A forest garden is a designed agronomic system based on trees, shrubs and
perennial plants. These are mixed in such a way as to mimic the structure
of a natural forest - the most stable and sustainable type of ecosystem in
Click below to see a 2010 short video (13 mins) about our forest garden
The primary aims for the system are:
to be biologically sustainable, able to cope with disturbances such as climate
it should be productive, yielding a number (often large) of different products
it should require low maintenance.
The crops which are produced will often include fruits, nuts, edible leaves,
spices, medicinal plant products, poles, fibres for tying, basketry materials,
honey, fuelwood, fodder, mulches, game, sap products.
Forest gardens (often called home gardens) have been used for millennia in
tropical regions, where they still often form a major part of the food producing
systems which people rely on, even if they work elsewhere for much of the
time. They may also provide useful sources of extra income. Their use is
intimately linked with prevailing socio-economic conditions. They are usually
small in area, often 0.1-1 hectares (0.25-2.5 acres).
In temperate regions, forest gardens are a more recent innovation, many inspired
by Robert Harts efforts in Shropshire (UK) over the last 30 years.
A major limiting factor for temperate forest gardens in the amount of sunlight
available to the lower layers of the garden: in tropical regions, the strong
light conditions allow even understorey layers to receive substantial light,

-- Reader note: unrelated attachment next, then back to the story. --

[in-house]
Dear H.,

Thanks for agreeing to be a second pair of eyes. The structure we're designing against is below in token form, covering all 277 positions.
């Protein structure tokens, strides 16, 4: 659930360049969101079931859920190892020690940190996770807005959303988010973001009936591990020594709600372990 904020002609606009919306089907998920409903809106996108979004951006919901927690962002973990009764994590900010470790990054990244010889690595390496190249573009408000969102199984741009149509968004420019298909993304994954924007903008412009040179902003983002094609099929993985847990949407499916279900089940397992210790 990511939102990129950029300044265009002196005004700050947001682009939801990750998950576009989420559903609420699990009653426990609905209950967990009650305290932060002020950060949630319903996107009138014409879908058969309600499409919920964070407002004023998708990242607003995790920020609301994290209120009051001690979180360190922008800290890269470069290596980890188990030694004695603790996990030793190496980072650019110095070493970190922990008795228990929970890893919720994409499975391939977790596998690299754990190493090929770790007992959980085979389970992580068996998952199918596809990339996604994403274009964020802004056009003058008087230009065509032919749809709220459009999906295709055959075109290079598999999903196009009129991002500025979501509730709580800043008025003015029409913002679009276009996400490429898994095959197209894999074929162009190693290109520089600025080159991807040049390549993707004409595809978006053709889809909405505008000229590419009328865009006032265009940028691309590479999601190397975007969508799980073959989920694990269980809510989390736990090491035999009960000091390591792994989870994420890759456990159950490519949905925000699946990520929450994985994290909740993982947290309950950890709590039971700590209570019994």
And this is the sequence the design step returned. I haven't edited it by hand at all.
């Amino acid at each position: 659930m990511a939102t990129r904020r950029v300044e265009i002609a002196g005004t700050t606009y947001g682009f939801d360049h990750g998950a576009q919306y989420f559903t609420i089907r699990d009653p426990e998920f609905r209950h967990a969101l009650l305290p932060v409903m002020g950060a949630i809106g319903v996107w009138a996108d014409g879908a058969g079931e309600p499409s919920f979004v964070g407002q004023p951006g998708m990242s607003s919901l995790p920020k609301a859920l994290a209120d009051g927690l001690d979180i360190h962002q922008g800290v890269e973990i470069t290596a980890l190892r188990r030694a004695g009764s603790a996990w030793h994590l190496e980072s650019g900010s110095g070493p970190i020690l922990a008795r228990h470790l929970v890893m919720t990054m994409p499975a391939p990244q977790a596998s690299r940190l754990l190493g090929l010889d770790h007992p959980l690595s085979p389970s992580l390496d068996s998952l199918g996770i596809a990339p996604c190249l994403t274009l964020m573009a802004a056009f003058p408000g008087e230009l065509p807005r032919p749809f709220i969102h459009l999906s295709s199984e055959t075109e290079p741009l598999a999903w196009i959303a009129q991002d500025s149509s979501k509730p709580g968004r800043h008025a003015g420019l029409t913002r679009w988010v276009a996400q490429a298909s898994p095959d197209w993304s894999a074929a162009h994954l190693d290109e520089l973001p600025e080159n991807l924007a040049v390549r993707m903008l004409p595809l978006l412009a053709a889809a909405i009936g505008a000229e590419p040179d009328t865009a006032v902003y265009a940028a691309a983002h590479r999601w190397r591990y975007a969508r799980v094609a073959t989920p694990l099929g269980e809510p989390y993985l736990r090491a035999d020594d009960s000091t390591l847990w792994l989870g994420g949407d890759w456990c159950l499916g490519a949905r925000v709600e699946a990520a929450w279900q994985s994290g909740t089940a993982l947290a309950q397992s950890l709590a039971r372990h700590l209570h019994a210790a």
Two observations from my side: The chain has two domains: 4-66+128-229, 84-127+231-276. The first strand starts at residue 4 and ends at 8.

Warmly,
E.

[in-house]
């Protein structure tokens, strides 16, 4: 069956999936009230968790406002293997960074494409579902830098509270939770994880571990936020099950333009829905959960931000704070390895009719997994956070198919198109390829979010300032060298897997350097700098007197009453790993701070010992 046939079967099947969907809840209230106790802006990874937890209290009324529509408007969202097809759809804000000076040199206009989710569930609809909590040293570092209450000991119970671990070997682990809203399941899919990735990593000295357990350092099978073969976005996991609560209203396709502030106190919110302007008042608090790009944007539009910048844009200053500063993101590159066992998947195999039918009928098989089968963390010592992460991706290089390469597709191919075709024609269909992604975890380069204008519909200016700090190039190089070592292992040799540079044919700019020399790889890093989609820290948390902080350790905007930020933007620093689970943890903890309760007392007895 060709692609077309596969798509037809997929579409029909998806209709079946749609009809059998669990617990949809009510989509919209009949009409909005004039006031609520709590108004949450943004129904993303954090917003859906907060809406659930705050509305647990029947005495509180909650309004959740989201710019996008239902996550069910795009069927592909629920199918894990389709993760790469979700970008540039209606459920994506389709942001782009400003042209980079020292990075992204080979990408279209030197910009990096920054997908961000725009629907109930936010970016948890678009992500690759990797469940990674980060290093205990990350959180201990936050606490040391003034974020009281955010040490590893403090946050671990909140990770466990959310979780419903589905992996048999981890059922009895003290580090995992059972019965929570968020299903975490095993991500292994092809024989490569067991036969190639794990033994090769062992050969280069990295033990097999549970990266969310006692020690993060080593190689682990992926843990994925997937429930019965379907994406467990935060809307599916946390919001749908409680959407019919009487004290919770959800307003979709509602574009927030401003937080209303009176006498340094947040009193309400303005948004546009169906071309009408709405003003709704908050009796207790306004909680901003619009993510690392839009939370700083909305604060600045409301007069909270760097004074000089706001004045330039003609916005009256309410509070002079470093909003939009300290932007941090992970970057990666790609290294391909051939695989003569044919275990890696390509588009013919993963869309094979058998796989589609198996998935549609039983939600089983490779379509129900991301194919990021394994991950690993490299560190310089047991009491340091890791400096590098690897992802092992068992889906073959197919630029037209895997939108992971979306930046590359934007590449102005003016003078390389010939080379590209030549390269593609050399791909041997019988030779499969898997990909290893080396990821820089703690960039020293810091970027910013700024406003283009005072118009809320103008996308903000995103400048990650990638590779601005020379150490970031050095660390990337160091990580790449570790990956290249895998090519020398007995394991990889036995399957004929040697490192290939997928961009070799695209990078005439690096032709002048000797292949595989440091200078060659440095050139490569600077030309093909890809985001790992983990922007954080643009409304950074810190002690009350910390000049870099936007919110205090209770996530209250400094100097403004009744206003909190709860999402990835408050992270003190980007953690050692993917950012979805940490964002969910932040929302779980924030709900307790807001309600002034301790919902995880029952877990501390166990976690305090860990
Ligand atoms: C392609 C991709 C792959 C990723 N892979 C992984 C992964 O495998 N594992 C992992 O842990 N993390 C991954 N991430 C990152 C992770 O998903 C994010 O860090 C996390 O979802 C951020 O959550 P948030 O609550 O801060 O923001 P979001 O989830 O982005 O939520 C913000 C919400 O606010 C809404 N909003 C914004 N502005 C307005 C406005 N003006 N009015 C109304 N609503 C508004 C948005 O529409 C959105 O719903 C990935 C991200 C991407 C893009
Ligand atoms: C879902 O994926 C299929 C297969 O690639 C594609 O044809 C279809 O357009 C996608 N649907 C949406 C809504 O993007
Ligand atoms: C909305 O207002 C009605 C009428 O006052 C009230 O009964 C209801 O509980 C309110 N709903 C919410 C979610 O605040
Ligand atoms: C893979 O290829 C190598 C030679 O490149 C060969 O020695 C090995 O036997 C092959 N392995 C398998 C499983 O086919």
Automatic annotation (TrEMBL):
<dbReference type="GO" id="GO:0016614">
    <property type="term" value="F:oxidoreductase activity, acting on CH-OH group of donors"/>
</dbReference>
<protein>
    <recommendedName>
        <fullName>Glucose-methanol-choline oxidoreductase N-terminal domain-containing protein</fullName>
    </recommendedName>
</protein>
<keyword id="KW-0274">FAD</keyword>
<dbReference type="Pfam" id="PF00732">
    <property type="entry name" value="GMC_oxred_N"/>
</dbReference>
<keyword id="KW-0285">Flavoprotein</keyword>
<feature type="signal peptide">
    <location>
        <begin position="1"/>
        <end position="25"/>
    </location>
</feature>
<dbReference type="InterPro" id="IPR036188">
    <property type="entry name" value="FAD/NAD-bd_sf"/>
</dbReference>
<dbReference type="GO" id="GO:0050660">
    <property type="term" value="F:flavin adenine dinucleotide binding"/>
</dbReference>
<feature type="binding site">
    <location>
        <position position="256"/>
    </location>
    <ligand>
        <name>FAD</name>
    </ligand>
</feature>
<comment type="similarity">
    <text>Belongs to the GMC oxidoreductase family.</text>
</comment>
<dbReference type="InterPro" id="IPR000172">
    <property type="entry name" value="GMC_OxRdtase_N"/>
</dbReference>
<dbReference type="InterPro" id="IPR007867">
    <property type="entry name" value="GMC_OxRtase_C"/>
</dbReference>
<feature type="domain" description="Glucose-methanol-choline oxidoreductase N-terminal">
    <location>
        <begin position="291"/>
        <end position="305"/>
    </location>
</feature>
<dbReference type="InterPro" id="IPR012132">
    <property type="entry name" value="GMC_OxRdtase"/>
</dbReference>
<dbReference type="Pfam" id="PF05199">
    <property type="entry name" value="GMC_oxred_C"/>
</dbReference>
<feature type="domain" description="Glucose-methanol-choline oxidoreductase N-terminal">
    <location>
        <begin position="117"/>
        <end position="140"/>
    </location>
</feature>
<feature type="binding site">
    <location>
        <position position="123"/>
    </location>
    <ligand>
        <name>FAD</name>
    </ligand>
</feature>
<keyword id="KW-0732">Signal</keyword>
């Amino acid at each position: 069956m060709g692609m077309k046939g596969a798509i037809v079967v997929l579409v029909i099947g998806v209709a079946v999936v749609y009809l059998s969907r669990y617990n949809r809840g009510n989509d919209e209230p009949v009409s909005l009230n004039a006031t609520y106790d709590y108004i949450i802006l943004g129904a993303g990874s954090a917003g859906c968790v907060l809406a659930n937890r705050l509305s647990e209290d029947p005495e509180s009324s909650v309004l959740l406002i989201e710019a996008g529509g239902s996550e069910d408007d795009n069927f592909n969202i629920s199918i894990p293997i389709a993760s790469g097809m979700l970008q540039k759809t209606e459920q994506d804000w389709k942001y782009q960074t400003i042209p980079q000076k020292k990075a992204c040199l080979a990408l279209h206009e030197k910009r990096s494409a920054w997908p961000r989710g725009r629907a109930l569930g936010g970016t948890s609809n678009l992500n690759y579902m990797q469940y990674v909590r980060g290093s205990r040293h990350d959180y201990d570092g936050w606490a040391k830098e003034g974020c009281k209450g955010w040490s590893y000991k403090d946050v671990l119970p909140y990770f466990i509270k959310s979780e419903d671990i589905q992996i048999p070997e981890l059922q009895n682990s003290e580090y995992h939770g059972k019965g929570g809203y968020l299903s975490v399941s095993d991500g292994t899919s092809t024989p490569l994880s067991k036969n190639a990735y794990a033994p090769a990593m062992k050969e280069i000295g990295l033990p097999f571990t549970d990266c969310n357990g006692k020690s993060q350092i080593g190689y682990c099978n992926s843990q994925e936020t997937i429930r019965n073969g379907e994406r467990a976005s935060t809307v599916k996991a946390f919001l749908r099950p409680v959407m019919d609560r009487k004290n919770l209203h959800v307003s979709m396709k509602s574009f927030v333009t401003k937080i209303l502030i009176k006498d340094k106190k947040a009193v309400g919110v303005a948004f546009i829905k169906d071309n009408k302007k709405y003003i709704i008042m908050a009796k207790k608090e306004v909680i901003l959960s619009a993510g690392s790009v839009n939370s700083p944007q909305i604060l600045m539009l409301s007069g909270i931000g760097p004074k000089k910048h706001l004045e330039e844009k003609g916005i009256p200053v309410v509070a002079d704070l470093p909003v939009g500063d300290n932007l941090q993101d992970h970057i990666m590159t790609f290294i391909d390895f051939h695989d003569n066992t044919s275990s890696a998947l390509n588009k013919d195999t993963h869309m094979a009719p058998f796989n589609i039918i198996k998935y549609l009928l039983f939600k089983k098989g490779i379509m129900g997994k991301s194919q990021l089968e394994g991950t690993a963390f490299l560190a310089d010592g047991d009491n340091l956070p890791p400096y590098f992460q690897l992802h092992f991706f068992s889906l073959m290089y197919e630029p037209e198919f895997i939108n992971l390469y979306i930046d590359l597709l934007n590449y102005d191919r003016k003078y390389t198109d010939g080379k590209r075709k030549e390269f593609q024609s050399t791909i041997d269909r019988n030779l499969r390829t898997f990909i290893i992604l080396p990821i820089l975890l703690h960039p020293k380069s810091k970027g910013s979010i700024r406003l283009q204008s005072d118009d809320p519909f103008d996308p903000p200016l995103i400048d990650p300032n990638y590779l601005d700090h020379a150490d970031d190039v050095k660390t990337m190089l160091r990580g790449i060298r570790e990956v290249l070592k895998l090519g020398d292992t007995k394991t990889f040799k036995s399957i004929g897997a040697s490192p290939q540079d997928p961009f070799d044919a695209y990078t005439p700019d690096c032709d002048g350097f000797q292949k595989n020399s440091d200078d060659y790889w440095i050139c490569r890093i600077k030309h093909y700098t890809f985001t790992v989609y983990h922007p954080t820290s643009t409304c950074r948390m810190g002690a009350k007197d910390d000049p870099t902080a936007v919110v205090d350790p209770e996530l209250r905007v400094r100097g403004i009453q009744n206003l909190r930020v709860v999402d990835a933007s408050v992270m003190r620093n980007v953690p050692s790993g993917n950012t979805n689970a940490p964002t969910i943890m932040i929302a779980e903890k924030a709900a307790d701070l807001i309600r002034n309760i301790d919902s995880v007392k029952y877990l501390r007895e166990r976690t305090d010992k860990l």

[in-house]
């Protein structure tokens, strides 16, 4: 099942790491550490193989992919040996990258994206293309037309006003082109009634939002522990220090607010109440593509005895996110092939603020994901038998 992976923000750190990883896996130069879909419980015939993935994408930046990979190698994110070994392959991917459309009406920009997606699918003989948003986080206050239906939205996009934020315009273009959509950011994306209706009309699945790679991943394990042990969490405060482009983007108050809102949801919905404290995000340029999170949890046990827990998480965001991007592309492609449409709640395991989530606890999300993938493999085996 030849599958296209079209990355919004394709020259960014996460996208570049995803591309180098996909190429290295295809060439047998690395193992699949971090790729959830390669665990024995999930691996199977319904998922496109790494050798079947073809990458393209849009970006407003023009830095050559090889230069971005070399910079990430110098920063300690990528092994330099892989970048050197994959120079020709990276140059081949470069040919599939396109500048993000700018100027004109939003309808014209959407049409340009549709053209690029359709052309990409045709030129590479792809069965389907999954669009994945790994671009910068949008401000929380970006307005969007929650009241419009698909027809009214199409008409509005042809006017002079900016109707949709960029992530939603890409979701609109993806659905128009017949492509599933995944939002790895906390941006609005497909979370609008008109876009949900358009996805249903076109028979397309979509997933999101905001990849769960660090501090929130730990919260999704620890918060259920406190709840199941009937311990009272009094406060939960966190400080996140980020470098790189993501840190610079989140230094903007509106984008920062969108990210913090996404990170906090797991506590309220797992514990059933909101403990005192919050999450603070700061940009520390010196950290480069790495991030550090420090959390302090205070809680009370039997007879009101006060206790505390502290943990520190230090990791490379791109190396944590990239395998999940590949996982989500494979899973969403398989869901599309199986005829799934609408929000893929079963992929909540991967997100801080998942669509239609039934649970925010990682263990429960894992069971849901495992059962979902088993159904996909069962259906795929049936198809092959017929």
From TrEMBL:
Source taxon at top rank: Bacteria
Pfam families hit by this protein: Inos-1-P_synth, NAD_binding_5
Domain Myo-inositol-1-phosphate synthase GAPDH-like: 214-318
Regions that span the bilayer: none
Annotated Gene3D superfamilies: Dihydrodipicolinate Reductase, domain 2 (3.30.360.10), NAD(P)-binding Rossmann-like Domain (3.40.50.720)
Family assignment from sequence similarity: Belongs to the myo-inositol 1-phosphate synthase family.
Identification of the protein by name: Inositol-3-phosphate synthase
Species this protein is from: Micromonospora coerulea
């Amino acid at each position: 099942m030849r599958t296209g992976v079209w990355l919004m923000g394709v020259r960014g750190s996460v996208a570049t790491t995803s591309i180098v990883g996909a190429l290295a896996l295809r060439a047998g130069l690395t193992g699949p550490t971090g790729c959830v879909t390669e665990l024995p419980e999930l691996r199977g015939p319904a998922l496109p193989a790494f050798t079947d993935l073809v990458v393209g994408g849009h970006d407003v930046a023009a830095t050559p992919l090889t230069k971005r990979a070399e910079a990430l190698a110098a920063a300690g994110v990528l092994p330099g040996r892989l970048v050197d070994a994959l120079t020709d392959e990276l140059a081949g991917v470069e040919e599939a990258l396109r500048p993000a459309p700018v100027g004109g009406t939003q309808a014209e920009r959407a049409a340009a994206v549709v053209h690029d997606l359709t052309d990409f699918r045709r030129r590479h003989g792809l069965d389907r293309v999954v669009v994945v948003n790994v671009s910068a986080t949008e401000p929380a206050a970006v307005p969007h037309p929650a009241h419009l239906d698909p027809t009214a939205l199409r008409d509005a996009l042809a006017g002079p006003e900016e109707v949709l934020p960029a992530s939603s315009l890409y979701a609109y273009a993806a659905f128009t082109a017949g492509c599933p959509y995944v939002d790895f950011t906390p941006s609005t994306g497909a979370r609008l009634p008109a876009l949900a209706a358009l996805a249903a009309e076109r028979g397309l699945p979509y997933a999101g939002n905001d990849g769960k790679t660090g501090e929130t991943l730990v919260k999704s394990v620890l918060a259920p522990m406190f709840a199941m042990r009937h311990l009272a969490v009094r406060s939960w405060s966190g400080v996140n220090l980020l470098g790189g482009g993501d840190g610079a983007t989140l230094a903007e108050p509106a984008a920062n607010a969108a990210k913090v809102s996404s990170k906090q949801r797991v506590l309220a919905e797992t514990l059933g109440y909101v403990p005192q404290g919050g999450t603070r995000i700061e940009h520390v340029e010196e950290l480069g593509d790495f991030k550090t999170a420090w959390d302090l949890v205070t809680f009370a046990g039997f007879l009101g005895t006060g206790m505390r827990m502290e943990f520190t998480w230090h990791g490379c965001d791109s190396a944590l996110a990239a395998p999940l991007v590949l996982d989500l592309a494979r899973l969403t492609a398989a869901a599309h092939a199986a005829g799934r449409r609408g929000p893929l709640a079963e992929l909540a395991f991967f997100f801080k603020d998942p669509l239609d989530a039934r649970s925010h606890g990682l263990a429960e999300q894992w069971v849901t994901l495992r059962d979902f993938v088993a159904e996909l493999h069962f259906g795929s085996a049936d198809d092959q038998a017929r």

whereas in temperate regions this is not usually the case. To compensate
for this, understorey layers in temperate forest gardens must be chosen very
carefully - there are plenty of plant crops which tolerate shady conditions,
but many are not well known. Many of the more common shrub or perennial crops
need bright conditions, and it may be necessary to design in more open clearings
or glades for such species.
Temperate forest gardens are also usually small in area, from tiny back garden
areas up to a hectare (2.5 acres) in size. While food production and land
use remain the concern of a minority of landowners and businesses, their
use is likely to be limited to alternative and organic gardeners
and land users.
The key features which contribute to the stability and self-sustaining nature
of this system are:
the large number of species used, giving great diversity
the careful inclusion of plants which increase fertility, such as nitrogen
fixers (eg. Alders [Alnus spp], Broom [Cytisus scoparius],
Elaeagnus spp, and shrub lupins [Lupinus arboreus]).
the use of dynamic accumulators - deep rooting plants which can tap mineral
sources deep in the subsoil and raise them into the topsoil layer where they
become available to other plants, eg. Coltsfoot [Petasites spp], Comfreys
[Symphytum spp], Liquorice [Glycyrrhiza spp], Sorrel (and docks!)
the use of plants specially chosen for their ability to attract predators
of common pests, eg umbellifers like tansy.
the use, where possible, of pest and disease resistant varieties, eg. apples.
the increasing role of tree cover and leaf litter which improve nutrient
cycling and drought resistance.
A forest garden is organised in up to seven layers . Within these,
the positioning of species depends on many variables, including their